The limits of love.

Kyle Rittenhouse currently is currently being tried for murder. Remember Kyle? He’s the teenager who crossed state lines with an AR-15 to confront protesters, to show how much of a man he was. After murdering three protesters, he was able to walk past the police and go home. (He turned himself in later.) He now claims he was in fear of his life.

The actions of the police, in this case, are beyond the pale, and many have rightfully questioned the competence (and impartiality) of law enforcement that would hear gunshots and ignore the teen walking towards them with an assault rifle. Be that as it may, my thoughts keep going towards Rittenhouse’s mother. She drove him across state lines with that murder machine.

What the hell was she thinking? She must have approved of his actions — and the possibility he would kill someone — or else she becomes a poster child for the “world’s most dangerous and stupidly indulgent parent.”

Any competent parent knows that you don’t give children everything they ask for. Children and teens have limited notions of consequences, for themselves and others. Giving them everything they desire results in adults that are incredibly self-centered at best and sociopathic at worst. Guess which one I think Kyle Rittenhouse is headed toward being?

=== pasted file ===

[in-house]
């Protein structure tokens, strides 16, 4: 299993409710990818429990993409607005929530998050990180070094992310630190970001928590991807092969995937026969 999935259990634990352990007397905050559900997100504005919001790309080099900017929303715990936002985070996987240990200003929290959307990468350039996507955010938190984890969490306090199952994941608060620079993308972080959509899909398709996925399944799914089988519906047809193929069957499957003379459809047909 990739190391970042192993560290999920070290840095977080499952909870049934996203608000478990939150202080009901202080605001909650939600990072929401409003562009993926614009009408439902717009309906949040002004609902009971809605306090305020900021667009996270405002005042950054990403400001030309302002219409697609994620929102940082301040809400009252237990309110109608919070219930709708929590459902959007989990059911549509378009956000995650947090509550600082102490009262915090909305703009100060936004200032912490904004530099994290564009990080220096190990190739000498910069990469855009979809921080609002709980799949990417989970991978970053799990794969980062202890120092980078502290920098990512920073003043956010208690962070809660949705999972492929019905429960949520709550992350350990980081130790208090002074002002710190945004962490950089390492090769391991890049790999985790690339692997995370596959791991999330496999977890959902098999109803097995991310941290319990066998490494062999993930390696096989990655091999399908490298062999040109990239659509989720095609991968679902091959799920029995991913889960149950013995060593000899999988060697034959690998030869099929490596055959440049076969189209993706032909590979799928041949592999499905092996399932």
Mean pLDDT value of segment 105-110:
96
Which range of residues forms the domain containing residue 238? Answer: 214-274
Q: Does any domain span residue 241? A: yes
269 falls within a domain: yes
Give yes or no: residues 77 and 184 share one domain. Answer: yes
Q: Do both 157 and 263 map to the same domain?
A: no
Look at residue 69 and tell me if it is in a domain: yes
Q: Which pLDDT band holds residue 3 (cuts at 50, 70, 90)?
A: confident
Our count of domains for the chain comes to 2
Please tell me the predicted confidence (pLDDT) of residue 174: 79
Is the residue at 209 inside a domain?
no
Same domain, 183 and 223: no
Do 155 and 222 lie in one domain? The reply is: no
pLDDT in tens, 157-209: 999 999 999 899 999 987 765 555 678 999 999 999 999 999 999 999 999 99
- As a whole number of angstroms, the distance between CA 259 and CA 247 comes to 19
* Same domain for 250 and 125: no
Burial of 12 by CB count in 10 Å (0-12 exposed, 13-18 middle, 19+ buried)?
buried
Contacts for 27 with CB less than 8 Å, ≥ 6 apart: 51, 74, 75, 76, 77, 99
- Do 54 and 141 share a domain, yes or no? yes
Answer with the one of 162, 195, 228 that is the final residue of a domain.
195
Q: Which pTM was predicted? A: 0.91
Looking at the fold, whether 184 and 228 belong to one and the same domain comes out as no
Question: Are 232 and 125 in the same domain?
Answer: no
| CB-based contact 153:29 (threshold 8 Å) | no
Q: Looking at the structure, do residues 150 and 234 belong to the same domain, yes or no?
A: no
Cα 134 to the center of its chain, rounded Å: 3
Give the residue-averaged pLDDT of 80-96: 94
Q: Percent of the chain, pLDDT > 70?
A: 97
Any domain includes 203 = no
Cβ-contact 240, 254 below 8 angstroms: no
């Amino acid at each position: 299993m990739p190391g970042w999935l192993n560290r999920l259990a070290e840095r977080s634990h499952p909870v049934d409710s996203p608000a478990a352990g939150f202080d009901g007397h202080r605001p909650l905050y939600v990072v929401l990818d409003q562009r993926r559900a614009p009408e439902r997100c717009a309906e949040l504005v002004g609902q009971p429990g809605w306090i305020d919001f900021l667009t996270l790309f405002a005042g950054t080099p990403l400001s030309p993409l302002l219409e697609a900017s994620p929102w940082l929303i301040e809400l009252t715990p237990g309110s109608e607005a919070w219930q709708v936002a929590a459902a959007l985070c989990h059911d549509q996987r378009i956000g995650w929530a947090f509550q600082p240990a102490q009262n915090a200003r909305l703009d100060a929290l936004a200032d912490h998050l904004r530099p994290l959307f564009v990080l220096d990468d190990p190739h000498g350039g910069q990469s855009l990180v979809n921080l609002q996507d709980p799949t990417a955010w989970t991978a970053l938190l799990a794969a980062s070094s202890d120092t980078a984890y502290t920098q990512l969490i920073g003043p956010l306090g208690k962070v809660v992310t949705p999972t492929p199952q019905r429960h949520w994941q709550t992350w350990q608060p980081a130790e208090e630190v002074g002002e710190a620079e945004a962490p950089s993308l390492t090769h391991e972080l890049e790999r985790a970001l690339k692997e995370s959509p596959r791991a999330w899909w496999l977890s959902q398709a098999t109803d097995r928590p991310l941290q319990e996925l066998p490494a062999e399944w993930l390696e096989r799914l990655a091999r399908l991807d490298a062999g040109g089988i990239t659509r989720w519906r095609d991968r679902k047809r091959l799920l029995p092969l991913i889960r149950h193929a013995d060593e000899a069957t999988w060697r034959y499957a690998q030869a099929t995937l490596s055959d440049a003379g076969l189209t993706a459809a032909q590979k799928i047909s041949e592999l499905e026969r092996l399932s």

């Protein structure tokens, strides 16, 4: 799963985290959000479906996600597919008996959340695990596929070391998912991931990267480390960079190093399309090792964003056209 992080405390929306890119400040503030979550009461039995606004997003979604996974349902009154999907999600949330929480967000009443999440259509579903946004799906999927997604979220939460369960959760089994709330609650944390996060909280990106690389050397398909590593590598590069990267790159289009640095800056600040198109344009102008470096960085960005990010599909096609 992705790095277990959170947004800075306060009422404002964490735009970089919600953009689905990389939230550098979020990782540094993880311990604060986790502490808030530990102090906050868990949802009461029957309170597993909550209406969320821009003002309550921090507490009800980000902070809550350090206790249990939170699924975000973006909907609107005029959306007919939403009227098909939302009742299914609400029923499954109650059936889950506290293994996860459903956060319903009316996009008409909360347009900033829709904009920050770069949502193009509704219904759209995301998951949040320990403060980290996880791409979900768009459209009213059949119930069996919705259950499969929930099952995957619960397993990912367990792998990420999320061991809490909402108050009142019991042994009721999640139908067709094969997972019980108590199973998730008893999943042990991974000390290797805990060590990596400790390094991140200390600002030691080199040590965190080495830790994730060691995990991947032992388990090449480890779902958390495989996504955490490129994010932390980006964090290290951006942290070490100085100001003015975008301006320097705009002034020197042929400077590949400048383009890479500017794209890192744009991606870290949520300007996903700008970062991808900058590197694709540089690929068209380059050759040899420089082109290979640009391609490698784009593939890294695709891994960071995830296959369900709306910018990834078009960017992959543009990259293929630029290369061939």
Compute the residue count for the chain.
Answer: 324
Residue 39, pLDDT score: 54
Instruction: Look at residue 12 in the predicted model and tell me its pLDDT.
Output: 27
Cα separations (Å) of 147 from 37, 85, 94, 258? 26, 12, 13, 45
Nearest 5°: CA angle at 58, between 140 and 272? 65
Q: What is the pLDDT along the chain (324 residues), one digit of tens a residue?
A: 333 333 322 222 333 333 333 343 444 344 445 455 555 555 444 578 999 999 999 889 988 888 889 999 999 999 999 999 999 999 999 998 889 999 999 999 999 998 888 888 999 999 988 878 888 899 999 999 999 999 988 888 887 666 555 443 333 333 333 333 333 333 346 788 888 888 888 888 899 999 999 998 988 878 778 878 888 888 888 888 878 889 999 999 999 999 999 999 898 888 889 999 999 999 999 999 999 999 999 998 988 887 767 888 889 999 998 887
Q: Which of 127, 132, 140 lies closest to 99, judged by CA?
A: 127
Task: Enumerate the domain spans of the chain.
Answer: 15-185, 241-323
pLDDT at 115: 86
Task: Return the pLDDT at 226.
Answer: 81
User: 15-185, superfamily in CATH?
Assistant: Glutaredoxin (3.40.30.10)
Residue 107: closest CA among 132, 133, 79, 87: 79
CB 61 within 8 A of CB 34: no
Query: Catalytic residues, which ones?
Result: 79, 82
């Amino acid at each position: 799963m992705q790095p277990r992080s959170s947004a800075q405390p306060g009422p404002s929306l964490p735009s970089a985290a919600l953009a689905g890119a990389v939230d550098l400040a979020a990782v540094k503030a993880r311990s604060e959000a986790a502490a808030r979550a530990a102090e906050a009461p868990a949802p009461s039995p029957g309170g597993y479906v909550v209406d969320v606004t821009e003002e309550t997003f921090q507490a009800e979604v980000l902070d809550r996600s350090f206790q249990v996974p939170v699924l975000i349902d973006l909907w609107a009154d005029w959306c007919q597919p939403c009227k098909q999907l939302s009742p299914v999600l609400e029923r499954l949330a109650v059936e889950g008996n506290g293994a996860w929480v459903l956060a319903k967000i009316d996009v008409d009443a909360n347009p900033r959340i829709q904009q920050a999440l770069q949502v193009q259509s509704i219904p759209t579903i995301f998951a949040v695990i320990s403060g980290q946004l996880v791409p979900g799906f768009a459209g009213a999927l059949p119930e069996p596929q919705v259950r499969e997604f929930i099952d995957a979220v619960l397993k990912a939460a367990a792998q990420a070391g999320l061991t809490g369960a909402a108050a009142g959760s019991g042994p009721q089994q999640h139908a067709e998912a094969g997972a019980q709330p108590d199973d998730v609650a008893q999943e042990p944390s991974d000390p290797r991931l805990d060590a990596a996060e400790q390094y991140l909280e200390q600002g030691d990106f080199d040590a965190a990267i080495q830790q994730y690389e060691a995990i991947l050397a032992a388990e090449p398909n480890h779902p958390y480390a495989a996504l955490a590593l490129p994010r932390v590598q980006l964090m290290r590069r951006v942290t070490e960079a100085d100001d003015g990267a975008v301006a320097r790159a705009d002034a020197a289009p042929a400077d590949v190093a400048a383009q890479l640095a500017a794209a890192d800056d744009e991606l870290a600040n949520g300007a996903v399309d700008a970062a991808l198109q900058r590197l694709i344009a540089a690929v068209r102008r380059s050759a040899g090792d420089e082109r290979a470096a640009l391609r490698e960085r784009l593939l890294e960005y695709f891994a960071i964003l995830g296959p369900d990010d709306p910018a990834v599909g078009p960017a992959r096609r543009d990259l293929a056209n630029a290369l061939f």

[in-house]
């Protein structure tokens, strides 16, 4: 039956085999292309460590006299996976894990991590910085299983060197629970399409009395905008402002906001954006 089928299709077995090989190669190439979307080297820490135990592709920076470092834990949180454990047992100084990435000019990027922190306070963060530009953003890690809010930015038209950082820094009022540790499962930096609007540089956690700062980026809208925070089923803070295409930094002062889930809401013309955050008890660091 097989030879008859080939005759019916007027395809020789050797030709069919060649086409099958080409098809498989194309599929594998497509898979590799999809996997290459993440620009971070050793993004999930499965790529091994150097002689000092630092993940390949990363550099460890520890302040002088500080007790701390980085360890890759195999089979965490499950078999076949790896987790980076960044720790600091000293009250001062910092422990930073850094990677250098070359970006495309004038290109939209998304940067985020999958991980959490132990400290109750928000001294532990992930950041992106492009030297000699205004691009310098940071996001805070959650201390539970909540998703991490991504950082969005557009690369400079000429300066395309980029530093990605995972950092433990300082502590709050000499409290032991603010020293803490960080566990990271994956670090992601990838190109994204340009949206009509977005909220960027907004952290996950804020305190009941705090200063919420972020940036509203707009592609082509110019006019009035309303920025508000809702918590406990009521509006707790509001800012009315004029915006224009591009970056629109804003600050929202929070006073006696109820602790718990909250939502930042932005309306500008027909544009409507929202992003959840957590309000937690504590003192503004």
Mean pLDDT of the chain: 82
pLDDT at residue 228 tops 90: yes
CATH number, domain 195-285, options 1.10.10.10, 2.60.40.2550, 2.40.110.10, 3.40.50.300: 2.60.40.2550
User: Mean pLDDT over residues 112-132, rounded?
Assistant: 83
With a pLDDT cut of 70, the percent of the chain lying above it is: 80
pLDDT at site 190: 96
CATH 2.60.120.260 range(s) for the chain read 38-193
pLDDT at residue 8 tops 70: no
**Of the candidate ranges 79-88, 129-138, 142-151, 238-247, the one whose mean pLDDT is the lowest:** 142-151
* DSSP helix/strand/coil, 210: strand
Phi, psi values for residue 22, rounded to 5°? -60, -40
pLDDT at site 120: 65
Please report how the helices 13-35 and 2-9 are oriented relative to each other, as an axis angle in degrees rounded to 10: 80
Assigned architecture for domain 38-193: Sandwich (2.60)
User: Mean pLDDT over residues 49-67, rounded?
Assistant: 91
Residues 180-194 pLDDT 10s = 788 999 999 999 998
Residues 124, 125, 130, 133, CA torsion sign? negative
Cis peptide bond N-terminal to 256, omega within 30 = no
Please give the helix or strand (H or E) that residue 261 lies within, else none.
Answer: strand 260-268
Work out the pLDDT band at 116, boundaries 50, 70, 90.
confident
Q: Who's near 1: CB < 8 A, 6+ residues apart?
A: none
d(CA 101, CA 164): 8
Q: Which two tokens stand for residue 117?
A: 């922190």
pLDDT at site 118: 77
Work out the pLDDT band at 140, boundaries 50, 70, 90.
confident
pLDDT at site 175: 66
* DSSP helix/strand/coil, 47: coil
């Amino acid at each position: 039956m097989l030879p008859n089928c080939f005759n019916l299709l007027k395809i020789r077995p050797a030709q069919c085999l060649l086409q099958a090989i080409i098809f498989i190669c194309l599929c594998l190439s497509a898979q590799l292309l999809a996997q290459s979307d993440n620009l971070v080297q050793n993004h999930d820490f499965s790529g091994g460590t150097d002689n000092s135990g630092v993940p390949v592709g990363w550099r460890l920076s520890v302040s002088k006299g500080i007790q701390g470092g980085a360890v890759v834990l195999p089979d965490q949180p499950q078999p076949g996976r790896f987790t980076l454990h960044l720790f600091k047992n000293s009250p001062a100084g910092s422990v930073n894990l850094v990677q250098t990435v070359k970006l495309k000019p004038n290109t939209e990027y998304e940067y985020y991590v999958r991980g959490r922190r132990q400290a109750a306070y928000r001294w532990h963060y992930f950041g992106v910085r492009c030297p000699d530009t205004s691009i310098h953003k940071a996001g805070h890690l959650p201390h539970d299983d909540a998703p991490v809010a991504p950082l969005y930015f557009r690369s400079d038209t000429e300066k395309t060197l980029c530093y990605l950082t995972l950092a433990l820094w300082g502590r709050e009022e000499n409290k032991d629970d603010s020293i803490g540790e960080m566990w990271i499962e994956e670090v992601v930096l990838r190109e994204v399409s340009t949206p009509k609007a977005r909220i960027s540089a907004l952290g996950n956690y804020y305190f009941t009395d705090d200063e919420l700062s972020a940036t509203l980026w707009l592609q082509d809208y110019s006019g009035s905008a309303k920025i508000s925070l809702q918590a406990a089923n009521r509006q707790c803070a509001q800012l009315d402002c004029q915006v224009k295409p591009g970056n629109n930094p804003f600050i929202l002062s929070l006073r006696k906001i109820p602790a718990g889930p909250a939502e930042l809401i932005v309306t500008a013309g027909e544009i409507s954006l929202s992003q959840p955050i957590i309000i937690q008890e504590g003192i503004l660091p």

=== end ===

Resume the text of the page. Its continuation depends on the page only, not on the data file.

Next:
I love my kids dearly. But each of them knows that there are limits to that love. All of them know, because I have told them, “I love you, but if I find out you have done something evil, like murder, or rape, or domestic violence, I will turn you in. I will find you the best defense attorney I can, but I will still turn you in.”

Not that I ever think they will do anything like that. I have raised three moral, compassionate, human beings. (My statement was prompted by a discussion of another case — I don’t remember which one — in which parents smuggled their kid out of the country so the kid wouldn’t face prosecution.) But it never hurts to reinforce that each of us lives in a web of civic responsibilities. “Don’t do evil,” to swipe an overused phrase from the Google Marketing team, is the least of those responsibilities. (The extent to which Google lives up to its own motto is a post for another day.)

Maybe it’s being a lawyer that makes me feel so emphatic on this point. I have a responsibility to uphold the law. (And I wouldn’t be my kids’ defense attorney so there would not be any privilege.) Does this conflict with my instructions to my kids that if they are picked up they should not tell the cops anything beyond their name until they talk to a lawyer? I don’t think so. The Fifth Amendment is part of the law, as well, and I have a responsibility to uphold that, too.

But the basis of civil responsibility is the recognition that others matter, too, even people engaged in activities you don’t agree with. I wish Kyle Rittenhouse had understood that.

Or at least his mother had.

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